Next, let denotes the graph of a function . In this paper, we show that the graph of chirp function (1) is a fractal curve in in respect to the Minkowski-Bouligand dimension (box-counting dimension) and the -dimensional upper and lower Minkowski contents and defined by Here, denotes the -neighbourhood of graph defined by and denotes the distance from to , and denotes the Lebesgue measure of . On the box-counting dimension and the -dimensional Minkowski content, we refer the reader to [22–27].

The main fractal properties considered in the paper are given in the next definitions.

*Definition 5. * For a given real number and a function , which is bounded on and oscillatory near , it is said that is * fractal oscillatory near ** with the fractal dimension *, if
On the contrary, if there is no any such that satisfies (12), then * is not fractal oscillatory near *.

Fractal oscillations can be understood also as a refinement of rectifiable and nonrectifiable oscillations. They are recently studied in [3, 4, 21, 28–30].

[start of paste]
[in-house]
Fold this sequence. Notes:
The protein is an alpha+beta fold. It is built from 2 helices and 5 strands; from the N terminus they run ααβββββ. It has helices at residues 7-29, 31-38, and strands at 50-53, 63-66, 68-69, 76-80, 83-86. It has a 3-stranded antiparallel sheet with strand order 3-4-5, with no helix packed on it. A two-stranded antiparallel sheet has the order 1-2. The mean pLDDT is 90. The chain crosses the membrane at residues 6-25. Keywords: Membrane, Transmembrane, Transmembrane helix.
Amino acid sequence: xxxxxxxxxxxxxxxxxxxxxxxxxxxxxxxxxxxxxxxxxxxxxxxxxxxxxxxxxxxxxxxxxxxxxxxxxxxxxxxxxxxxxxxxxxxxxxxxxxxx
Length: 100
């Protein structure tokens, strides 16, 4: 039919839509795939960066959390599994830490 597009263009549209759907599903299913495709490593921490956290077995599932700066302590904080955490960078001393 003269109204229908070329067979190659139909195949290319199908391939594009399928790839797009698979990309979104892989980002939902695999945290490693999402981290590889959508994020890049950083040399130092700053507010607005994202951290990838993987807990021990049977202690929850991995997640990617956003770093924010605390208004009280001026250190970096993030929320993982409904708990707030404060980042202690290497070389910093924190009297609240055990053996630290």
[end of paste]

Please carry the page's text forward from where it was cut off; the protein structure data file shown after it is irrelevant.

*Example 6. * The chirp functions
are not fractal oscillatory near . In fact, and (see [2]). It also implies that for all (see [1, 23]), and thus the statement (12) is not satisfied for any . Hence, and are not fractal oscillatory near .

*Example 7. * Let . It is clear that the chirp functions
are oscillatory near . Moreover, the length of is finite (see [21]), and therefore we observe that and (see [22]). Thus, such chirp functions are fractal oscillatory near with the fractal dimension .

In order to show that the chirp function (1) is fractal oscillatory near , we need to impose on amplitude the following additional structural condition:

Now we are able to state the first main result of the paper.

Theorem 8. *Let the functions , , and satisfy the structural conditions (3), (4), (5), (15), and
**
Let the amplitude and the phase satisfy the following asymptotic conditions near :
**
where is a given real number. Then, the chirp function (1) is fractal oscillatory near with the fractal dimension .*